Thursday, June 1, 2023


Is your motorhome ready for an emergency? Follow these steps to make sure

Most motorhome owners view their RV as a route to adventure—the open road—free to roam where and when they please. Some take a more practical view and see their RV as a full-time home, whether roaming or stationary. Likely few of us may have considered that our motorhomes are also an asset in the event of a major unforeseen event, such as a natural emergency or other unexpected forms of chaos and uncertainty. The pandemic changed a lot of thinking about preparation for the unexpected. Is your RV ready for an emergency?


It is a good idea to keep the dry goods part of your RV pantry well-stocked year-round. While it may not always be advisable or possible to operate the refrigerator continuously while the RV is parked or in storage, dry food can be stored onboard, with some caveats.

I do not recommend going overboard with food storage—you only have so much storage space in even the largest RV. Still, with a few containers of dry long-lasting foodstuffs, you can feel confident of having enough to last a month or two if necessary.

I do not recommend keeping large quantities of items such as flour in onboard storage. Even though you can safeguard the stash from rodents and some insects by adequately sealing the stored food, flour is different. It has a relatively short storage life of about one year. Use food-grade containers for all dry food storage and thoroughly seal the lids.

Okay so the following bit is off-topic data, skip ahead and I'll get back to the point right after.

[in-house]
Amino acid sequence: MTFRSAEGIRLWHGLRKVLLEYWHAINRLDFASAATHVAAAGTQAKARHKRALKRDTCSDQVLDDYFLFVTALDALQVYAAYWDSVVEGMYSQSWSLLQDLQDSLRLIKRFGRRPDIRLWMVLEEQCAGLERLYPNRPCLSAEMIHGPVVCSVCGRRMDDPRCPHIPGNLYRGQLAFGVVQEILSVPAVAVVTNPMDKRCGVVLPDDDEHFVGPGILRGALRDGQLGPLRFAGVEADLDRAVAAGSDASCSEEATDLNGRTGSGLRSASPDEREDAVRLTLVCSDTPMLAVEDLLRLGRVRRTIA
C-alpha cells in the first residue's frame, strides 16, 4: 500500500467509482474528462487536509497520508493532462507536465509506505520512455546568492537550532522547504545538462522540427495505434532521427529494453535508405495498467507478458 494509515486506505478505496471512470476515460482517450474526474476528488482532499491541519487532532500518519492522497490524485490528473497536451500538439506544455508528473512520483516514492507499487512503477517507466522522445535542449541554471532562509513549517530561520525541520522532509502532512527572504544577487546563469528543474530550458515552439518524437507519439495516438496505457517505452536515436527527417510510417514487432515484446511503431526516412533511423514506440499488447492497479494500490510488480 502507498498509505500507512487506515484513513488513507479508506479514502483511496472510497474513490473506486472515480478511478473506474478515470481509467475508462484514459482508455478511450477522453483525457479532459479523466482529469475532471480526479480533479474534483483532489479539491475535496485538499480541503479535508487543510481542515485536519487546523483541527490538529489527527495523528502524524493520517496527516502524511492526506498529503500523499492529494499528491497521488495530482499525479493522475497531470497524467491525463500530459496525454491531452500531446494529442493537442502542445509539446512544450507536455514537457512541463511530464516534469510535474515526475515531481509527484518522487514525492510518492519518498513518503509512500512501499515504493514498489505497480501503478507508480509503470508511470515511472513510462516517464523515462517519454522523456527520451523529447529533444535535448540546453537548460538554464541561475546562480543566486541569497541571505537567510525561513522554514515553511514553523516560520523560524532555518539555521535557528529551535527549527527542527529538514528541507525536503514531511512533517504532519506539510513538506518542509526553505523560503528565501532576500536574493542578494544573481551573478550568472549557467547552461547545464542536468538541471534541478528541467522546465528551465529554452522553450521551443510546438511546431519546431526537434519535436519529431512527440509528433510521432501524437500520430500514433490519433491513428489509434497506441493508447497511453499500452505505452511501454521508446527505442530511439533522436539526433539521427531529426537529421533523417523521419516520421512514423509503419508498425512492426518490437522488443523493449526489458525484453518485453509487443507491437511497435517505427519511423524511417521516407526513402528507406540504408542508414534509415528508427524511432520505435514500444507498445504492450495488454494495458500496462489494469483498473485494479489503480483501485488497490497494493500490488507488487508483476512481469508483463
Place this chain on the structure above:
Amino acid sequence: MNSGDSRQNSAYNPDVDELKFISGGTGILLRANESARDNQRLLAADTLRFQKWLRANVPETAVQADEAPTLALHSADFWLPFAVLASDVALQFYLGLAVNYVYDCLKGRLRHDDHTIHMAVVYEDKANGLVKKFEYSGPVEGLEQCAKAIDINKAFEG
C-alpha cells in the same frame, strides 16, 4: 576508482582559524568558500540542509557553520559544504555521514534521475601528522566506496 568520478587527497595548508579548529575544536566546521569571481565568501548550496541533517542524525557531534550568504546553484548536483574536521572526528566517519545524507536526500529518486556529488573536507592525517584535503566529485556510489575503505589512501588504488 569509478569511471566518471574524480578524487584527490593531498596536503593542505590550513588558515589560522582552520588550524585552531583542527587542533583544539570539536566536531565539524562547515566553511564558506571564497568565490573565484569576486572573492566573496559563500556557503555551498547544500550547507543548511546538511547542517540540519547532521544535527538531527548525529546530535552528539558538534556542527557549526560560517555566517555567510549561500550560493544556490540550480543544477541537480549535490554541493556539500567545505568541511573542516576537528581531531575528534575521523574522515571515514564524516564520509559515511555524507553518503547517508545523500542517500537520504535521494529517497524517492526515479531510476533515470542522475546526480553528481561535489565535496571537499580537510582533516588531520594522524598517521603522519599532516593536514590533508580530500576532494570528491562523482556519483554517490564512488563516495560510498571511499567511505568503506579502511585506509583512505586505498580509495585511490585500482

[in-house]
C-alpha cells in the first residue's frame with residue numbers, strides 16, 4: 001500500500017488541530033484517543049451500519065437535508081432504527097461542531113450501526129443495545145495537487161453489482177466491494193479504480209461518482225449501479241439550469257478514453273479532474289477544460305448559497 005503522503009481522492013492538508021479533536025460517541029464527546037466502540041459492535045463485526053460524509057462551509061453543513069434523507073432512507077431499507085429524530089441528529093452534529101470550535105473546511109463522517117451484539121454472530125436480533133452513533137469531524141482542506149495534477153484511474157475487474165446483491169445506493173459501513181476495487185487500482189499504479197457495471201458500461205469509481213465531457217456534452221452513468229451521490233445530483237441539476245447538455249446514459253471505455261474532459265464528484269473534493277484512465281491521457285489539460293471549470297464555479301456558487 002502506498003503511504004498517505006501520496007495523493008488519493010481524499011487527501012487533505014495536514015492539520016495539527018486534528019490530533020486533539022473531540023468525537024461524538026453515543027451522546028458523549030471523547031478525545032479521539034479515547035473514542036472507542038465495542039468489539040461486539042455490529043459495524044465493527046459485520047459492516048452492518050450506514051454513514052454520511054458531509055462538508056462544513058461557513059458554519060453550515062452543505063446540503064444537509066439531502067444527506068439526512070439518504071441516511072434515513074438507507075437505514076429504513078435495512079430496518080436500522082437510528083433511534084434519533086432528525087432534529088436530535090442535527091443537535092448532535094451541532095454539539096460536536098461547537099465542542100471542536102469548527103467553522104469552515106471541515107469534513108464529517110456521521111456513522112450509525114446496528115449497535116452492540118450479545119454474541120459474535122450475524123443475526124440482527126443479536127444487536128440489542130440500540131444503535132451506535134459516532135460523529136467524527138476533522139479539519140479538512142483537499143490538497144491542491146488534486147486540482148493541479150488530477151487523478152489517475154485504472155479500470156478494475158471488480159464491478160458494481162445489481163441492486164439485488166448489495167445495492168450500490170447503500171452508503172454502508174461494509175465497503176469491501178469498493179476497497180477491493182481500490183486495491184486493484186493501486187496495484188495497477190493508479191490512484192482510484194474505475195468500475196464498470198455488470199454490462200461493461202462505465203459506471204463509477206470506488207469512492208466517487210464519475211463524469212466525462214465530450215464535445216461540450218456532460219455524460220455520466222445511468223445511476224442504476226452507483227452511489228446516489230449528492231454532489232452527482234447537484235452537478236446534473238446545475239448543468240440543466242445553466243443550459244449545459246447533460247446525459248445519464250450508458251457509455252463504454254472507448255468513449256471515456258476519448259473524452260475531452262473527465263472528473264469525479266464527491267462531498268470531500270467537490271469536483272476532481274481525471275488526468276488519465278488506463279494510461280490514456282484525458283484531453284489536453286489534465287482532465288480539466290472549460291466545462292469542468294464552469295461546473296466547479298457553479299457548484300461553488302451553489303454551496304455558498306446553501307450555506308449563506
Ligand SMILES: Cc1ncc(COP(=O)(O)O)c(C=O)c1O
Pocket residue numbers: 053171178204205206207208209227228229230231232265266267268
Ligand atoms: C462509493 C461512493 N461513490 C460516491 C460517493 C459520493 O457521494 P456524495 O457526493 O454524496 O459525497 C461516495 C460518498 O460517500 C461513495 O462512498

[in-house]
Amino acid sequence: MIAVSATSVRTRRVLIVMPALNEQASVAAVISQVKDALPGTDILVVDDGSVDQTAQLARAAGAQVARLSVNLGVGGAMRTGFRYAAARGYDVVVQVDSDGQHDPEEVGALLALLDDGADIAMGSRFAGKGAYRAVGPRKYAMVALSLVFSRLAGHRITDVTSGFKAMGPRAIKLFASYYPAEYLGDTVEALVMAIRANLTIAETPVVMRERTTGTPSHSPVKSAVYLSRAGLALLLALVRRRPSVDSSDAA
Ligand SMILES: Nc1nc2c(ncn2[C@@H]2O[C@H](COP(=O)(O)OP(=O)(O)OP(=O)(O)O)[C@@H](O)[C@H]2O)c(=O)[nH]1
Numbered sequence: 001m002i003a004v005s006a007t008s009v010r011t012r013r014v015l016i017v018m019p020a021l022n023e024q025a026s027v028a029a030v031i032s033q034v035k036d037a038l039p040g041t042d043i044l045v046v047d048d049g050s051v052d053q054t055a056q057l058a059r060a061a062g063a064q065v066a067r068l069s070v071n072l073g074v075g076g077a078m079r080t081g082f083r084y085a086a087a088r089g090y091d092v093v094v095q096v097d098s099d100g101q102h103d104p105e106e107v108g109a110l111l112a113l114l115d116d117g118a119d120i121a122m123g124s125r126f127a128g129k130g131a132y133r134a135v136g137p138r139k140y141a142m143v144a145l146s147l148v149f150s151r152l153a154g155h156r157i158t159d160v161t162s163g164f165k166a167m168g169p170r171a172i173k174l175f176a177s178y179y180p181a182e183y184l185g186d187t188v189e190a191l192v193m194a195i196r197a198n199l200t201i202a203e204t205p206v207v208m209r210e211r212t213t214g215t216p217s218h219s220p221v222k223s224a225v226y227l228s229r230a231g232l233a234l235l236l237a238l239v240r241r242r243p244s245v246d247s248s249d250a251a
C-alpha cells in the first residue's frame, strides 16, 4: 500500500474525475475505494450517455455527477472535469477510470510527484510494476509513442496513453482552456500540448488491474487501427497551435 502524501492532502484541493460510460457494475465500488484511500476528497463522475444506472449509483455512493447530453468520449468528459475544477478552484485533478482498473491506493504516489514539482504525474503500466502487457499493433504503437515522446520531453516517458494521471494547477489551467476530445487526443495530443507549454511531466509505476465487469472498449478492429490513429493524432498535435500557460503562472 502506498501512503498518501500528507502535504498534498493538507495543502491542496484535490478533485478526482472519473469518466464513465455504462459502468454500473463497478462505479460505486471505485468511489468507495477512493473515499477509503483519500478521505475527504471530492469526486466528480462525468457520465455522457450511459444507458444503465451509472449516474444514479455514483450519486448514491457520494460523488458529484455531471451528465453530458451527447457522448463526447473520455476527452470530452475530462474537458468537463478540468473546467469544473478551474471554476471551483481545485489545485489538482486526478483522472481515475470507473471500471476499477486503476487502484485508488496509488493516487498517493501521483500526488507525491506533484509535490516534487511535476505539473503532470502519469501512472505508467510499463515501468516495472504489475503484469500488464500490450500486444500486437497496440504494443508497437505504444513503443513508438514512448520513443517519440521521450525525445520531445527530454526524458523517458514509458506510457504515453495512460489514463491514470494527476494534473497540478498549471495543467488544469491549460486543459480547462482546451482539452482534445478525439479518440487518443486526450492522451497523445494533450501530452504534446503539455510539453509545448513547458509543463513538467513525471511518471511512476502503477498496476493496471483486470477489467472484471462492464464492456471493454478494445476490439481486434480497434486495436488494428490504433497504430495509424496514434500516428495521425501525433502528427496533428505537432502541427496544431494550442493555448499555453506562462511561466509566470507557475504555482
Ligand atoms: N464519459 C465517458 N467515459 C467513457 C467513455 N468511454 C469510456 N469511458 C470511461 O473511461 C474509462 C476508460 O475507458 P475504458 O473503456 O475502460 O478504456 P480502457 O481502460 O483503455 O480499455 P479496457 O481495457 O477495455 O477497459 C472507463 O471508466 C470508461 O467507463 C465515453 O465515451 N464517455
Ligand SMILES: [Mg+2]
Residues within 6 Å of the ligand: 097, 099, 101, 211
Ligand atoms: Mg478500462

Having potable water stored in food-grade containers can be a huge help in an emergency.

It’s a good idea to keep at least a small supply of potable water onboard. Just remember that it weighs 8.3 lb. per gallon, plus the weight of the storage container. I keep ten gallons stored in BPA-free potable water containers and rotate the stored supply not less frequently than monthly. Even in a large Class A coach, there is not enough space to carry more than a minimal emergency supply that will sustain you until you can get to a fresh water source.


Keep house and chassis batteries charged. In most cases, if plugged into shore power this will occur automatically. But if stored, seasonally dormant, or boondocking, it is a good idea to plug into a power source or run your generator periodically to keep storage batteries topped. Solar power charging will also fill this need.

Also, for added help in an emergency and in the event that start batteries become discharged, I carry a compact emergency jump starter like this one sufficient to enable an engine start.


I recommend maintaining at least one or two days’ supply of firewood onboard to avoid having to scavenge for wood at a destination in an emergency.


Propane is vital to the RV that operates its cook range, oven, refrigerator, and furnace on LPG. So be sure to fill when the propane gauge drops below 1/2 – 3/4 full. Maintaining your supply at close to full capacity is not only a good idea for emergency considerations, but don’t forget—in 2021, we had a propane shortage scare that did not fully materialize but nevertheless gave cause for concern for ready supply on the road. I also keep a half-dozen bottles of camp cook stove propane on hand as well.